It is often said that as we grow older, we slowly become more like our own mothers and fathers, grandmothers and grandfathers. I’ve been noticing that in myself, recently — the ways the mannerisms of my relatives make their way into my daily life almost without my knowledge. I catch myself making up silly songs to amuse the baby, which used to mortify me when my mother would sing ad-libbed compositions to my baby sister. I start sentences with “Now, listen,” like my great-grandmother used to. And just the other day, I spent ten minutes searching my apartment for my glasses, only to find them on top of my head. I remember my grandmother doing that many times, shuffling through piles of newspapers, checking the shelf above the kitchen sink, the bedside table, next to the shower, searching desperately for what she had right there with her, until eventually I would realize what she was searching for and say “Grandma, they’re on your head.” Sheepishly, she would feel her head and realized that what she’d been searching for had been there all along. A little bit like those two disciples on the road to Emmaus.
The story we heard today from the Gospel according to Luke is the very first story of an encounter with the resurrected Christ. Before today’s reading, the women go to the tomb on Easter morning, find it empty, and angels tell them that Christ is risen. They tell the disciples, who do not believe them, and Peter sees the empty tomb as well, but no one has seen the risen Christ until we come to today’s text. I mention it because, although the story of Good Friday seems like a distant memory to us, sitting in our sanctuary on this late April evening, our text today finds the disciples barely forty-eight hours after Good Friday, still heart-broken, disoriented, and sick with grief. They have watched their teacher and friend die. They fear what might happen next. Perhaps that is why a disciple named Cleopas and his unnamed companion are walking together away from Jerusalem: they are terrified of what might befall Jesus’s followers at the hands of the Roman authorities.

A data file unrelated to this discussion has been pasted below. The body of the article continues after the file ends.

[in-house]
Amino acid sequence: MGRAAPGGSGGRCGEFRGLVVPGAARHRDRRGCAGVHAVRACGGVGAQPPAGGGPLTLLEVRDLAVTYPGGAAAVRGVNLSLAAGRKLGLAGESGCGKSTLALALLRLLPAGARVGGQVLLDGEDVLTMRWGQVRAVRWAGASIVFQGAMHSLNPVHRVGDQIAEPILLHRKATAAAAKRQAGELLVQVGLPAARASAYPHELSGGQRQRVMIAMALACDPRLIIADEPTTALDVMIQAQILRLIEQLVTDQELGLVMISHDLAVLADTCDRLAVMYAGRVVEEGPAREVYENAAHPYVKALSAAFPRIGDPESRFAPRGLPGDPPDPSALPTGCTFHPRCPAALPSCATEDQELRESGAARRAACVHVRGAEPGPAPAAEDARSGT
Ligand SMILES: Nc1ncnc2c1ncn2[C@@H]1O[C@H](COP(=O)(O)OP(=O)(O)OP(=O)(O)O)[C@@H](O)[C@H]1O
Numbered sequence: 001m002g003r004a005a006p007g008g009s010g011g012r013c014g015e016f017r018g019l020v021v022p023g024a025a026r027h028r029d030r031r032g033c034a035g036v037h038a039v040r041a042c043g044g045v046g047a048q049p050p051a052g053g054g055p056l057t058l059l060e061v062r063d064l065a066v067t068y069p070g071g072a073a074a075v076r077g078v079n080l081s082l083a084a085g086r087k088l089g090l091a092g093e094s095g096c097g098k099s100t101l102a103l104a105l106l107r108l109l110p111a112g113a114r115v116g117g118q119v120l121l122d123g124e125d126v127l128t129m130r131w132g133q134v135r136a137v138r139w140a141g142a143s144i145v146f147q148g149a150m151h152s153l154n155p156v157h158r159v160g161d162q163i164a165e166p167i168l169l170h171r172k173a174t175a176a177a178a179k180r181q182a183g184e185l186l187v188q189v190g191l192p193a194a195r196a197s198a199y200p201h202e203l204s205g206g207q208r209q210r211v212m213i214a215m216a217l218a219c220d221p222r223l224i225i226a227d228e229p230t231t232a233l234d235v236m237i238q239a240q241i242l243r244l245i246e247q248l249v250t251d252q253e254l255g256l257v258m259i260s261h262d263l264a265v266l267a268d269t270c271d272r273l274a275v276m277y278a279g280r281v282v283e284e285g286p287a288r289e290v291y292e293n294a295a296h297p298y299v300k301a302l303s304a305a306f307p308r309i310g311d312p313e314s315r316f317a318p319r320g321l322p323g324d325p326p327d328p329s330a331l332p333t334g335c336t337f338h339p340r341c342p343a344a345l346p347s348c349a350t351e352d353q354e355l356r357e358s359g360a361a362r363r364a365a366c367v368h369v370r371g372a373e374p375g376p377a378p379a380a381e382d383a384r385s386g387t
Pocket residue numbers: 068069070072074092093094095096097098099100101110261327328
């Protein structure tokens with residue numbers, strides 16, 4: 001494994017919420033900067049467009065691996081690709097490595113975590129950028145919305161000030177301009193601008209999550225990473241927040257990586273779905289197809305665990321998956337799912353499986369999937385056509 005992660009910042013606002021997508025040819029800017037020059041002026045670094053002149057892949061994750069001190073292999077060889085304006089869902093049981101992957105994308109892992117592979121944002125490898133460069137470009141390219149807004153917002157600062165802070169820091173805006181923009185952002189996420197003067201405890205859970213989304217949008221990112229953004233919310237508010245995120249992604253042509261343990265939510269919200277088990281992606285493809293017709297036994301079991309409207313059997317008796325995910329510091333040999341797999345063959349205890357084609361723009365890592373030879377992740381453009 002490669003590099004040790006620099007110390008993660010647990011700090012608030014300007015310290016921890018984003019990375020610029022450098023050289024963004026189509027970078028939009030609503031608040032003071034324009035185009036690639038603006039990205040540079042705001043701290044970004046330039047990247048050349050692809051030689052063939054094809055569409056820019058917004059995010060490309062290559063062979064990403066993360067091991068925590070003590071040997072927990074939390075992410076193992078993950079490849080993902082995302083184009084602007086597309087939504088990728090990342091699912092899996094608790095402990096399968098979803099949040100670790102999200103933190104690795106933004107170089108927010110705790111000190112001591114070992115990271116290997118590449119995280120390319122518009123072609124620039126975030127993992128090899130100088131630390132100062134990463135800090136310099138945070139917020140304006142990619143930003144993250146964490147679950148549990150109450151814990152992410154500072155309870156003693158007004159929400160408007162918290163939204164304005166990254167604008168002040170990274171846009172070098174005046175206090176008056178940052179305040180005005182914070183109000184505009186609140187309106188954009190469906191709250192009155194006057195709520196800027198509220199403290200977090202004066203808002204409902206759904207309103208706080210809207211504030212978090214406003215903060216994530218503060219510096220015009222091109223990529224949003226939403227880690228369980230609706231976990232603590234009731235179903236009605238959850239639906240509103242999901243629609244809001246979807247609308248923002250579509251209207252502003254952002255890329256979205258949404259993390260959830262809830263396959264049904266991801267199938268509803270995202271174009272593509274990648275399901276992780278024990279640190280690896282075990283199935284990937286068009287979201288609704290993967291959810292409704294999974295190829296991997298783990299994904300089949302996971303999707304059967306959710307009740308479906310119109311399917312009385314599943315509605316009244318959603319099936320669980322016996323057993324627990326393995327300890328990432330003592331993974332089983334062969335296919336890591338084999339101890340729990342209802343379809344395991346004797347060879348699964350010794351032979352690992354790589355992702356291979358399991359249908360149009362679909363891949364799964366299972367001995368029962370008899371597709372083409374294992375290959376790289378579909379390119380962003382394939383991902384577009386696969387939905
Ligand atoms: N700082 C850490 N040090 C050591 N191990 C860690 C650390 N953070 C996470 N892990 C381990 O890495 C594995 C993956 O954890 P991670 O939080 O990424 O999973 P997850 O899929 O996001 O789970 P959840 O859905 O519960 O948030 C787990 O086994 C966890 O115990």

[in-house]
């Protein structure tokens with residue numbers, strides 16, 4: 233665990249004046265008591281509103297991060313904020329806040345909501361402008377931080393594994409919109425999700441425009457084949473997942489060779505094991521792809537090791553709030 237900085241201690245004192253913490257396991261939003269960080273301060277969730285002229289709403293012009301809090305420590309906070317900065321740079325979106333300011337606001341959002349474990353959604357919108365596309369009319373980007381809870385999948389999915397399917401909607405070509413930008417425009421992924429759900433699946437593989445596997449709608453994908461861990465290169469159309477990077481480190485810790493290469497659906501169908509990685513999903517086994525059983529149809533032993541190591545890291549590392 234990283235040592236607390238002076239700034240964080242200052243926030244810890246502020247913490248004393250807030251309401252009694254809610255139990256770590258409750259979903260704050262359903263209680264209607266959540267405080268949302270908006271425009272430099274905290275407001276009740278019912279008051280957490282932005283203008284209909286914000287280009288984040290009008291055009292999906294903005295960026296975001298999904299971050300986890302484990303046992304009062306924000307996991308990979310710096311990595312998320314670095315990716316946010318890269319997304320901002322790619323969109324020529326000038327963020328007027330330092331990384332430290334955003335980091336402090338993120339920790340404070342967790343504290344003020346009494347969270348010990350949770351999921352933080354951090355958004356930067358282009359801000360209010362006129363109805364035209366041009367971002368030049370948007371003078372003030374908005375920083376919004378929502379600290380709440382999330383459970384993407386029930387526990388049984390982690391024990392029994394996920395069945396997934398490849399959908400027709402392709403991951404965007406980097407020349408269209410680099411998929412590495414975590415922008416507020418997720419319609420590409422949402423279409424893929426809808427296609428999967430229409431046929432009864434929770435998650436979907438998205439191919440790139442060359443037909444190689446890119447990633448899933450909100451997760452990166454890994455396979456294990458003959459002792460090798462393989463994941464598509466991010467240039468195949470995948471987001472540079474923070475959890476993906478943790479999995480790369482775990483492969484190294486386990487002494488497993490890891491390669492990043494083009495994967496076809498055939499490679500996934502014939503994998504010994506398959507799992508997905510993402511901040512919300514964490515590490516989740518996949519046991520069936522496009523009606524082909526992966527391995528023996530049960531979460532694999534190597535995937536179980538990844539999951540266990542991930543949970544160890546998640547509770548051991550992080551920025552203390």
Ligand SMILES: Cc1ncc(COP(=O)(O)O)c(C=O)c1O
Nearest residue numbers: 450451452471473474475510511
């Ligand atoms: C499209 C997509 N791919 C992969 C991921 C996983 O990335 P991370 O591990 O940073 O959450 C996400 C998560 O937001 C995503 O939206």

Into this moment, a moment still heavy with the grief and panic of the crucifixion, Jesus appears. Like so many other resurrection appearances, though, the two disciples don’t recognize him. We don’t know why so many people didn’t recognize the resurrected Christ. Perhaps he looked different after the resurrection. Perhaps they didn’t recognize him because of their own certainty that they would never see him again. Perhaps their perception was altered by divine intervention or the veil of tears. In any case, Jesus appears and they think he is a stranger. “What are you discussing with each other while you walk along?” the stranger asks. “They stood still, looking sad,” we read. Dumbfounded that he hasn’t heard the news that has so consumed their lives, they start to tell him about Jesus. They say that he was a prophet, they mention his mighty deeds, and that he has been handed over and crucified. “But we had hoped,” they say. “But we had hoped that he was the one to redeem Israel.”